Congenic mice with low serum IGF-I have increased body fat, reduced bone mineral density, and an altered osteoblast differentiation program.

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Bone 2004 Nov; 35(5):1046-58.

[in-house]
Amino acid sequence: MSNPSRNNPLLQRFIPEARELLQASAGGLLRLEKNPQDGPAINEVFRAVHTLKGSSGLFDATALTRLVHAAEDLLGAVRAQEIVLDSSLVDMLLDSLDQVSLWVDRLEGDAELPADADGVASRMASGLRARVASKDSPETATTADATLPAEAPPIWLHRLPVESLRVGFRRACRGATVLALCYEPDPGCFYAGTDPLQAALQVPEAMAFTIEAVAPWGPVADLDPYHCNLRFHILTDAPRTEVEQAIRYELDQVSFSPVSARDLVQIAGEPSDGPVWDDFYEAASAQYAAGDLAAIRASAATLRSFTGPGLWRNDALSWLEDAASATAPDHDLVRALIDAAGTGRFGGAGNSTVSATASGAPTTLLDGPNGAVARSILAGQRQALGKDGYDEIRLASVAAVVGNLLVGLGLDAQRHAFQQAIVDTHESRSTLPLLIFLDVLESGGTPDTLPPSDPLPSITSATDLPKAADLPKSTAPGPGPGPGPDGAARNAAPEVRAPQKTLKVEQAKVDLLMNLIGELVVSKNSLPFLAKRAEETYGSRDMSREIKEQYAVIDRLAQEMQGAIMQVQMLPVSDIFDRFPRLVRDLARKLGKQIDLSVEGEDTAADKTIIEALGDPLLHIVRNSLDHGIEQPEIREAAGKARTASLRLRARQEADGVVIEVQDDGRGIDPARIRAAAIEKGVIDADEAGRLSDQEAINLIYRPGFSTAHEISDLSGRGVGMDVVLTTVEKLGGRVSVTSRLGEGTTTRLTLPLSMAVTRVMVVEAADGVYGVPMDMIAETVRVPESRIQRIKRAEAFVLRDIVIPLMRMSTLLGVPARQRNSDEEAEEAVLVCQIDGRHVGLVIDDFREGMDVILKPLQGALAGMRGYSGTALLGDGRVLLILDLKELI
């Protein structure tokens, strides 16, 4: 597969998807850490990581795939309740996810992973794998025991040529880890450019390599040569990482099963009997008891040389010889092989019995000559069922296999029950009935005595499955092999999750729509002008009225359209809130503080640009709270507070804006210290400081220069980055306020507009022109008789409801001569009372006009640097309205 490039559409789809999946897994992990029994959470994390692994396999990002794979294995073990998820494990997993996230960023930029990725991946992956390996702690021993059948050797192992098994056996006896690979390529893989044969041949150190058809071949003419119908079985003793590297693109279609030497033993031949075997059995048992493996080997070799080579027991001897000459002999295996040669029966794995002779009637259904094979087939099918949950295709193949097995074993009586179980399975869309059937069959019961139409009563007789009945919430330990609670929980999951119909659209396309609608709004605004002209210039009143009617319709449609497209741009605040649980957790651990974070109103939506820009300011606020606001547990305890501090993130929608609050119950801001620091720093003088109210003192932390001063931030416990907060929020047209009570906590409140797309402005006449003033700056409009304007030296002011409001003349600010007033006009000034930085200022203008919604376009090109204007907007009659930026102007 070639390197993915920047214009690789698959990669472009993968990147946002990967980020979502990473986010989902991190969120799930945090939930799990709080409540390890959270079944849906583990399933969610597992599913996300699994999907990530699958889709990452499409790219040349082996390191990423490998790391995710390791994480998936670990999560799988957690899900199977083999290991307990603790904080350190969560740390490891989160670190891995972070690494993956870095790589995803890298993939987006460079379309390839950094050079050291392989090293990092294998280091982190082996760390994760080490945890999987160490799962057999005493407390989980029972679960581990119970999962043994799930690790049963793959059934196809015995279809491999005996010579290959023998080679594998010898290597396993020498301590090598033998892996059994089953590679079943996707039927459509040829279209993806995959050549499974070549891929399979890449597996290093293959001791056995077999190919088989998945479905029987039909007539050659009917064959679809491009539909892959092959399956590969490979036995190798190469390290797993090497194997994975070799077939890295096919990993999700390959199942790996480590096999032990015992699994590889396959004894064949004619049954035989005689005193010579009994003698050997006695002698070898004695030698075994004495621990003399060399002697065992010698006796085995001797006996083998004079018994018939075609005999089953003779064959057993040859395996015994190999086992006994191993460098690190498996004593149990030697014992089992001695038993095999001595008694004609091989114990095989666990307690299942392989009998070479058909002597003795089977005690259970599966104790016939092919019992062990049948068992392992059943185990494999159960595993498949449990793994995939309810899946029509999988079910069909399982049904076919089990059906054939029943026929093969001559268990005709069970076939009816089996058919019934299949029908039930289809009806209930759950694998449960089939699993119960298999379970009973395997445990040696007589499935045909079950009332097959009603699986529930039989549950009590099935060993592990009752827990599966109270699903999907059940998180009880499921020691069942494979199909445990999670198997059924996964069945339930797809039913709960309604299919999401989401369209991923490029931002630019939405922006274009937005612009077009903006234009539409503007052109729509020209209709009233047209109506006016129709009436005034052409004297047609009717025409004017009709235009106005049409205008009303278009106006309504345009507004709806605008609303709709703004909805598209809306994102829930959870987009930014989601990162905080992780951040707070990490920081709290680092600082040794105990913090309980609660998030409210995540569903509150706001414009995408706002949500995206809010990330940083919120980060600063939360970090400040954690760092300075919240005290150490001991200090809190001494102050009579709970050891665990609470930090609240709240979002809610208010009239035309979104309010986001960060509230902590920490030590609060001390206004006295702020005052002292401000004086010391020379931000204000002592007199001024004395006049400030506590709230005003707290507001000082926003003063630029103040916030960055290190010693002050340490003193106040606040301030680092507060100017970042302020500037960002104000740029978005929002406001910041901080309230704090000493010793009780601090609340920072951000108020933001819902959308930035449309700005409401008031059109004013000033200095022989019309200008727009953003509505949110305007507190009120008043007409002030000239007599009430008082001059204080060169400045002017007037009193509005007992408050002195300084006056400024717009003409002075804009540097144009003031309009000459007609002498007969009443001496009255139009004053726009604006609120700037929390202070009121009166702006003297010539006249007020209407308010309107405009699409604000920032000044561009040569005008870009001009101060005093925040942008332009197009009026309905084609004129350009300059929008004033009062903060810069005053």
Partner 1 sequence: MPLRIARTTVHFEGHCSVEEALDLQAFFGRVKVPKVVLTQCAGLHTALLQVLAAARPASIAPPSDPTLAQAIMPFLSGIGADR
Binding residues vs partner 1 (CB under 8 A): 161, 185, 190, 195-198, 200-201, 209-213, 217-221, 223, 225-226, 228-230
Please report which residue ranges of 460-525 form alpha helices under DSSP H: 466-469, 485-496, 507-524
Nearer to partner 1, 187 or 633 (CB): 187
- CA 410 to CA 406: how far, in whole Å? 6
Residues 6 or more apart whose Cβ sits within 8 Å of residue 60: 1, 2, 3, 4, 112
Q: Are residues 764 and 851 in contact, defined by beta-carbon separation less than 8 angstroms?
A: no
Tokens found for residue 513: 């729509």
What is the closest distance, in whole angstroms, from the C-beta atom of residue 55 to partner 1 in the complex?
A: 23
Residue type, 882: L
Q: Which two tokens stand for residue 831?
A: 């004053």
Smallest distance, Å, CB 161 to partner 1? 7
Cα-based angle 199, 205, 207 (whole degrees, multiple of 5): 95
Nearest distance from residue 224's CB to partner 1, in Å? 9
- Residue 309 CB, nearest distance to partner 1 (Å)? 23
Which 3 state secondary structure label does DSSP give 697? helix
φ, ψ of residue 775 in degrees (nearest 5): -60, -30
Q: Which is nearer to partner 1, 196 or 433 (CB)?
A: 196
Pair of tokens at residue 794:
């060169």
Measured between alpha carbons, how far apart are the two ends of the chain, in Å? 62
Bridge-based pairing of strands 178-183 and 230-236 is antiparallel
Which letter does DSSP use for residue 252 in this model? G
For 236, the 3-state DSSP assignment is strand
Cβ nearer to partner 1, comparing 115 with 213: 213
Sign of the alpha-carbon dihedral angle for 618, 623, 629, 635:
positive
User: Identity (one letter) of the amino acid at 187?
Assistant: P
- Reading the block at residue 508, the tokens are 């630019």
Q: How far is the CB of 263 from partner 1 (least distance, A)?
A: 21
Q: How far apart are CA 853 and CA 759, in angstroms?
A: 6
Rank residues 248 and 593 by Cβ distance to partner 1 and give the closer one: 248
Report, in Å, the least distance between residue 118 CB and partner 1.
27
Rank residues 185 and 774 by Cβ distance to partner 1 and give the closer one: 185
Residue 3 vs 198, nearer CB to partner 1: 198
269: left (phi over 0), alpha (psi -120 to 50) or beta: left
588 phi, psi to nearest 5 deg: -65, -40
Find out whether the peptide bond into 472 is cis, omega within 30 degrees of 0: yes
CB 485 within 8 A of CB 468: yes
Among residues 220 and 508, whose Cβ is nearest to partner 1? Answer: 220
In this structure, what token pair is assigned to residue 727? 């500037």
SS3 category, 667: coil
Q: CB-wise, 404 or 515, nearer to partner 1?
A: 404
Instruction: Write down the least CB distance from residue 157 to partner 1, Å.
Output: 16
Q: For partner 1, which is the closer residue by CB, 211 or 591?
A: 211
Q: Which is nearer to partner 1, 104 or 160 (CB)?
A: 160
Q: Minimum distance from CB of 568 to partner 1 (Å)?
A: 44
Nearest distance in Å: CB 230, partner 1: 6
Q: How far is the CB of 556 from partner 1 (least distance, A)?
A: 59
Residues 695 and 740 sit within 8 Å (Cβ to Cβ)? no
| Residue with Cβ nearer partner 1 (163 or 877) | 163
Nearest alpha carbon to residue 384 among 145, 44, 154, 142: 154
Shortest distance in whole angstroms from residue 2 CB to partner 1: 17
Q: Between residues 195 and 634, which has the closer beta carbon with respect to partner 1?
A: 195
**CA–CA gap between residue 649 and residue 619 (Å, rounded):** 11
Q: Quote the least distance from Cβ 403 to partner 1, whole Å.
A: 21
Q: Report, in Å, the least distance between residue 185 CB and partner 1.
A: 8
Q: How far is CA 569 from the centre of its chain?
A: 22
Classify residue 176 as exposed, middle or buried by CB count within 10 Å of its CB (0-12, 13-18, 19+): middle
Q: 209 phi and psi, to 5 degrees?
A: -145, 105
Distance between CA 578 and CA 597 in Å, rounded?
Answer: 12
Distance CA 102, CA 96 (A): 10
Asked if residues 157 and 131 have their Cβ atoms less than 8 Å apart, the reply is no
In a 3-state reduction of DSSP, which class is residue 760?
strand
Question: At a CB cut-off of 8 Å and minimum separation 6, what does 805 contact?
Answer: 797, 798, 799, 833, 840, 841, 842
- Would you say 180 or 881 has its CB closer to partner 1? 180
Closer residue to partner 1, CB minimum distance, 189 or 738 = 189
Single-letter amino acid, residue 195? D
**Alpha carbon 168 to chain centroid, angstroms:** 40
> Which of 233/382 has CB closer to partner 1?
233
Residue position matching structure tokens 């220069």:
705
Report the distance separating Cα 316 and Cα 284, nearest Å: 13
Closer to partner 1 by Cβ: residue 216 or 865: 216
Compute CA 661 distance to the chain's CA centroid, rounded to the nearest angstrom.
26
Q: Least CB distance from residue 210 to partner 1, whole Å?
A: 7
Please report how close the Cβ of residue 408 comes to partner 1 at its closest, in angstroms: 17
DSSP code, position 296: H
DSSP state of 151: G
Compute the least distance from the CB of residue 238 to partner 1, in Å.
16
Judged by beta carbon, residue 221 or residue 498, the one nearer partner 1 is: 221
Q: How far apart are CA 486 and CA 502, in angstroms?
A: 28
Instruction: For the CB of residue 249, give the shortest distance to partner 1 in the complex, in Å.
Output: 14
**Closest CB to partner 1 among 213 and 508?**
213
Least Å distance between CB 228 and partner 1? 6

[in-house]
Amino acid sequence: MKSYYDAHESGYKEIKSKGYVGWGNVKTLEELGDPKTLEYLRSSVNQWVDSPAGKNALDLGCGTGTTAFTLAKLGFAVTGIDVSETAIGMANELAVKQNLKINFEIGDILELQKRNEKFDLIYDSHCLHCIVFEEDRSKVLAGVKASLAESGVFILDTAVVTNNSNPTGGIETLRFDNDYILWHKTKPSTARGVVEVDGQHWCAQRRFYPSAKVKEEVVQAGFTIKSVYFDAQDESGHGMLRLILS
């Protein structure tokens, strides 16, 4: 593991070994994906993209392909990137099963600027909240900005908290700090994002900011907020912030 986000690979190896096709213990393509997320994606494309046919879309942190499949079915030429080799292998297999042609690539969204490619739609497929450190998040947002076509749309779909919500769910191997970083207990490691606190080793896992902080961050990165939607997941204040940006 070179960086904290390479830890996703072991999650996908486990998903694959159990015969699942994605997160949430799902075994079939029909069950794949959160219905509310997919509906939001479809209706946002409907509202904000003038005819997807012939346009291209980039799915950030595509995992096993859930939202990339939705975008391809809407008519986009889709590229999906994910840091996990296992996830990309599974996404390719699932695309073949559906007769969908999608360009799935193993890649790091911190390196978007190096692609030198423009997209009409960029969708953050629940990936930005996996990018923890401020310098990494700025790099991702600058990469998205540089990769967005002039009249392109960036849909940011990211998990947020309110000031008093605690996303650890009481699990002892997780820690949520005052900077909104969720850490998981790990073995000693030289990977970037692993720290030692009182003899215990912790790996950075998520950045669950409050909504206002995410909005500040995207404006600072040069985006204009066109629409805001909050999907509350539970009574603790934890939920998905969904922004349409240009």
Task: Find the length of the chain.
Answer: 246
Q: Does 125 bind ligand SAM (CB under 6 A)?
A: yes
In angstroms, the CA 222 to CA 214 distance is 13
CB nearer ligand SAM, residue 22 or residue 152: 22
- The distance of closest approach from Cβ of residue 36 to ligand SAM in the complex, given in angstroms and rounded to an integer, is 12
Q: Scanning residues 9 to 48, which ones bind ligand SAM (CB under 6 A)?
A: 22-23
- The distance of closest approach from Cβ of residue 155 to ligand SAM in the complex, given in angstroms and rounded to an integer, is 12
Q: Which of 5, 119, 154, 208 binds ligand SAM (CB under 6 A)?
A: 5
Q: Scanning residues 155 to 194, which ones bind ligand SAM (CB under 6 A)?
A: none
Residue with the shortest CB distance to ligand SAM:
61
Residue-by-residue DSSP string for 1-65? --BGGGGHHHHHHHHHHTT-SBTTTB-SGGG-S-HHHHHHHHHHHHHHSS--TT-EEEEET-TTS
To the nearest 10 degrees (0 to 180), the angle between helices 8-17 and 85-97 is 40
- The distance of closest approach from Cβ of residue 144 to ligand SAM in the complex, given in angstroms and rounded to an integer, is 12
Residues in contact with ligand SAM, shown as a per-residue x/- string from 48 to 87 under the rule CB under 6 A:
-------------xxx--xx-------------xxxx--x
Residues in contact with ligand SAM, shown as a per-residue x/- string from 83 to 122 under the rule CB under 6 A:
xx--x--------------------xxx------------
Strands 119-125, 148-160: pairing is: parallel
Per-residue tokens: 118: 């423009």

Targeted gene studies have demonstrated the importance of insulin-like growth factor-I (IGF-I) for osteoblast (OB) differentiation and the acquisition of peak bone mineral density (BMD). The skeletal response to allelic differences in IGF-I expression can also be measured in vivo, using congenic mice. We created a congenic strain with reduced (approximately 20%) circulating IGF-I (C3H.B6-6T [6T]) by backcrossing a small genomic region (30 cM) of Chromosome 6 (Chr6) from C3H/HeJ (C3H) onto a C57Bl/6J (B6) background. 6T female mice have lower serum IGF-I (P<0.001 vs. B6) but similar growth hormone (GH) and serum IGF binding protein (IGFBP) concentrations as B6. At 16 weeks of age, congenics have greater body fat (P<0.02 vs. B6) despite less total body weight, and exhibit smaller femoral cross-sectional size (P=0.001), reduced cortical thickness (P<0.001) and lower trabecular BV/TV (P<0.05) than B6. 6T mice also have suppressed serum leptin (P<0.01), but compared to B6 have similar markers of bone resorption (i.e., urine CTx and serum TRAP 5B). At 8 weeks of age, skeletal IGF-I mRNA from long bones was reduced by 40% (P<0.05) as were liver mRNA transcripts (i.e., 50%, P<0.01). Osteoblast progenitors from the bone marrow of 6T mice formed less colony forming unit fibroblasts by crystal violet staining than B6 (P<0.007) and had significantly reduced alkaline phosphatase-positive colonies than B6(P<0.0001). In addition, staining of bone marrow with oil red O revealed greater numbers of adipocytes in 6T than B6. Several candidate genes in the Chr6 QTL were excluded by lack of strain-related expression differences in bone, but genes positively regulating adipocyte differentiation including Alox 5 and PPAR-gamma require further study as either "pathway" or candidate genes. In summary, allelic differences in a QTL on Chr6 result in altered IGF-I gene expression, changes in OB lineage allocation, and reduced peak bone mass. Congenic mice are useful models not only for mapping genes related to bone mass but also for elucidating the biology underlying various skeletal phenotypes associated with more subtle manipulation of the mouse genome.